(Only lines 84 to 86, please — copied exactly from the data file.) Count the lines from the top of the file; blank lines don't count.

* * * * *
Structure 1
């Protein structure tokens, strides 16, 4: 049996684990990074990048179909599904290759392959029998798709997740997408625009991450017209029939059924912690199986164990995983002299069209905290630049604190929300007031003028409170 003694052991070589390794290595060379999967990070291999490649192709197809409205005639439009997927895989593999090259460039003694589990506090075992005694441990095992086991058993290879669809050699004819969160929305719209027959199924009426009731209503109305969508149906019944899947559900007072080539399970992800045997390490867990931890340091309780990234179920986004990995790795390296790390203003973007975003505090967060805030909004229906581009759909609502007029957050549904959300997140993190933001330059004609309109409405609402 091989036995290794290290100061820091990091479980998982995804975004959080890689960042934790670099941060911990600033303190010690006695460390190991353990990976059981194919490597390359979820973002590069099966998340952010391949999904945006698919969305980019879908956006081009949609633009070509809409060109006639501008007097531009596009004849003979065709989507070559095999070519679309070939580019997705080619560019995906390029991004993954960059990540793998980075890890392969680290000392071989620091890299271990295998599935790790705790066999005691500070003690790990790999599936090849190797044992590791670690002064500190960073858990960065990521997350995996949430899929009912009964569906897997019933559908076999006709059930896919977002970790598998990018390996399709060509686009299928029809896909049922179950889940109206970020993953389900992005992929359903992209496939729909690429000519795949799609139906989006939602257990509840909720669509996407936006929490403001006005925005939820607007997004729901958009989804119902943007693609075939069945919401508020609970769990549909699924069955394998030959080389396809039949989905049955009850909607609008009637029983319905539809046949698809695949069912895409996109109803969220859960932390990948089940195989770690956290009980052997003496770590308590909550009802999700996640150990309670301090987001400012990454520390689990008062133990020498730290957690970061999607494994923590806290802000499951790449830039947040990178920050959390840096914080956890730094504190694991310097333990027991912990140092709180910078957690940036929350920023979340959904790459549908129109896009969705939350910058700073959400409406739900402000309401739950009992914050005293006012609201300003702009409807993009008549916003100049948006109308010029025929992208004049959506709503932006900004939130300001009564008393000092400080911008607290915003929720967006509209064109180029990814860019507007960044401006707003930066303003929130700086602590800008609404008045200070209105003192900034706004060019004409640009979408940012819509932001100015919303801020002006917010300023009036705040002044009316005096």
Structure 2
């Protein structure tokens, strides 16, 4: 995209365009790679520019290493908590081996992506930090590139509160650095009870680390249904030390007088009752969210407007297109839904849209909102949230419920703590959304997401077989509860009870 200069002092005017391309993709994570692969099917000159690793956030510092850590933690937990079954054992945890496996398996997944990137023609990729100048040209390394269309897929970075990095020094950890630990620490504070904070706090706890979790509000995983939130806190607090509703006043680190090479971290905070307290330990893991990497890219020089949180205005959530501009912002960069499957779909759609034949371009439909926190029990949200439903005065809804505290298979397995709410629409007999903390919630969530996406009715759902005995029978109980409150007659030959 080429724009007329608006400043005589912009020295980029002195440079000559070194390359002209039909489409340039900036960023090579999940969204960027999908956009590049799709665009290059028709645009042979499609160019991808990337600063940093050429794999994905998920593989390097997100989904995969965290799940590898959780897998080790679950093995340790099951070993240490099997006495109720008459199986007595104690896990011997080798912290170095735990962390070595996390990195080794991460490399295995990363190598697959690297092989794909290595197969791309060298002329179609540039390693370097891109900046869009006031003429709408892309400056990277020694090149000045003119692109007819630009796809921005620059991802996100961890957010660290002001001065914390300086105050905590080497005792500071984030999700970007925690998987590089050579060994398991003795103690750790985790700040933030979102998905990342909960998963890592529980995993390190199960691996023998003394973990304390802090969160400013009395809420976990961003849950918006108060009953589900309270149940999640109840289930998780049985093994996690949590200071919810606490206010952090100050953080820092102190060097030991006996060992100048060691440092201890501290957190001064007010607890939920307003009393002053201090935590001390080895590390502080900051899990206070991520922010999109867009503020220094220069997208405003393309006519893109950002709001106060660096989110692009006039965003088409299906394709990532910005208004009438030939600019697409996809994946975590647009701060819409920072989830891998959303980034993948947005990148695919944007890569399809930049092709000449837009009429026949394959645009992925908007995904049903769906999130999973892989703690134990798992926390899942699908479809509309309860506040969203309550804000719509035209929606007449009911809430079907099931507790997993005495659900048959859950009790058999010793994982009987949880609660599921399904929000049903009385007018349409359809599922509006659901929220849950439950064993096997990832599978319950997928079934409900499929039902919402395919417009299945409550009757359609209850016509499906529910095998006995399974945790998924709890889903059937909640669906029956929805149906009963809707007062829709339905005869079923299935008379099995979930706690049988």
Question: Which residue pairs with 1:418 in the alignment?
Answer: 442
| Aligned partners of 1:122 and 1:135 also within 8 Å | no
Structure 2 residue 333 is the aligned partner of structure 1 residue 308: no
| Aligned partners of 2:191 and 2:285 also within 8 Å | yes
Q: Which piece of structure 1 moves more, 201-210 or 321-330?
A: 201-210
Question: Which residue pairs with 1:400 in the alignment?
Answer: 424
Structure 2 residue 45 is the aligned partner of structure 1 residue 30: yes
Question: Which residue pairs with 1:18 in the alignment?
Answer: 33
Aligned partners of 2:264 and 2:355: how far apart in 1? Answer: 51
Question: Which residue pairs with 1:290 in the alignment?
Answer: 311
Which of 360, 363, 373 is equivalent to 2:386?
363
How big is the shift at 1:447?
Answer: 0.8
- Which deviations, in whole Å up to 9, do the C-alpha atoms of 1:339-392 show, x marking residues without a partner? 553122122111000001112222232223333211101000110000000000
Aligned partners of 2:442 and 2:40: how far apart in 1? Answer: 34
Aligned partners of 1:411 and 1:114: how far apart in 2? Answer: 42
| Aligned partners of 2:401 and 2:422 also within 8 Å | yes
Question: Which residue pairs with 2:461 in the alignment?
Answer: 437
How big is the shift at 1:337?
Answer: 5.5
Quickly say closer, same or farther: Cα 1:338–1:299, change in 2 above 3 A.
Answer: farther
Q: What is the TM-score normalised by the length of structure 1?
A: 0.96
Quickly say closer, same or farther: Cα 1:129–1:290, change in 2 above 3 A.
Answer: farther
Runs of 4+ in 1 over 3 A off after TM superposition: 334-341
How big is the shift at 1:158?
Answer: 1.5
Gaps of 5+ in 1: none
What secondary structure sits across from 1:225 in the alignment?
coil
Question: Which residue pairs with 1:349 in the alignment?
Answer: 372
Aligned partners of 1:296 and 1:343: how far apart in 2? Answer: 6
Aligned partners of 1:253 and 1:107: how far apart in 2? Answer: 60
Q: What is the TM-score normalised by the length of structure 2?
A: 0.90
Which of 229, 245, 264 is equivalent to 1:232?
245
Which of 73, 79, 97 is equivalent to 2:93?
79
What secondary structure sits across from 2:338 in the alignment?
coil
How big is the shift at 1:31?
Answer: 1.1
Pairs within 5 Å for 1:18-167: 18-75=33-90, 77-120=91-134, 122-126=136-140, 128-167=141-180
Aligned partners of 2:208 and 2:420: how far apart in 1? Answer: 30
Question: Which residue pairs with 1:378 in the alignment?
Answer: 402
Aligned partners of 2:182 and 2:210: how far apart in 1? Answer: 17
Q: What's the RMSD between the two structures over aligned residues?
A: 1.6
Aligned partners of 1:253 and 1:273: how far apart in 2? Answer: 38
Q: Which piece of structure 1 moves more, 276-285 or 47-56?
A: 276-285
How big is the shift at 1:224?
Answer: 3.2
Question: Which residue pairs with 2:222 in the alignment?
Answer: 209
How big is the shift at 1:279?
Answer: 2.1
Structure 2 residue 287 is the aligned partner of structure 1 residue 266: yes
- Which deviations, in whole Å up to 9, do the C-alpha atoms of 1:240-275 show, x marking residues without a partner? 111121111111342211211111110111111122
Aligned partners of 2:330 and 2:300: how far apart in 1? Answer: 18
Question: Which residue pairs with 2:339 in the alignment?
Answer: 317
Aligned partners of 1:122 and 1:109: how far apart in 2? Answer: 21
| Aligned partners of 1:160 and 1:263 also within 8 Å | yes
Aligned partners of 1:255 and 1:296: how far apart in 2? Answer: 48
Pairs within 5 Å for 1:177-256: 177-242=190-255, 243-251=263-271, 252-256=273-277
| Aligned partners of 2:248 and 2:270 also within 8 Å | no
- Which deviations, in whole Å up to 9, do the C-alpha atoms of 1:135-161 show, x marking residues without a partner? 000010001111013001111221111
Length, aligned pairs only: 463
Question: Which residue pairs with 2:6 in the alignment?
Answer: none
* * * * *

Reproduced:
- Which deviations, in whole Å up to 9, do the C-alpha atoms of 1:135-161 show, x marking residues without a partner? 000010001111013001111221111
Length, aligned pairs only: 463
Question: Which residue pairs with 2:6 in the alignment?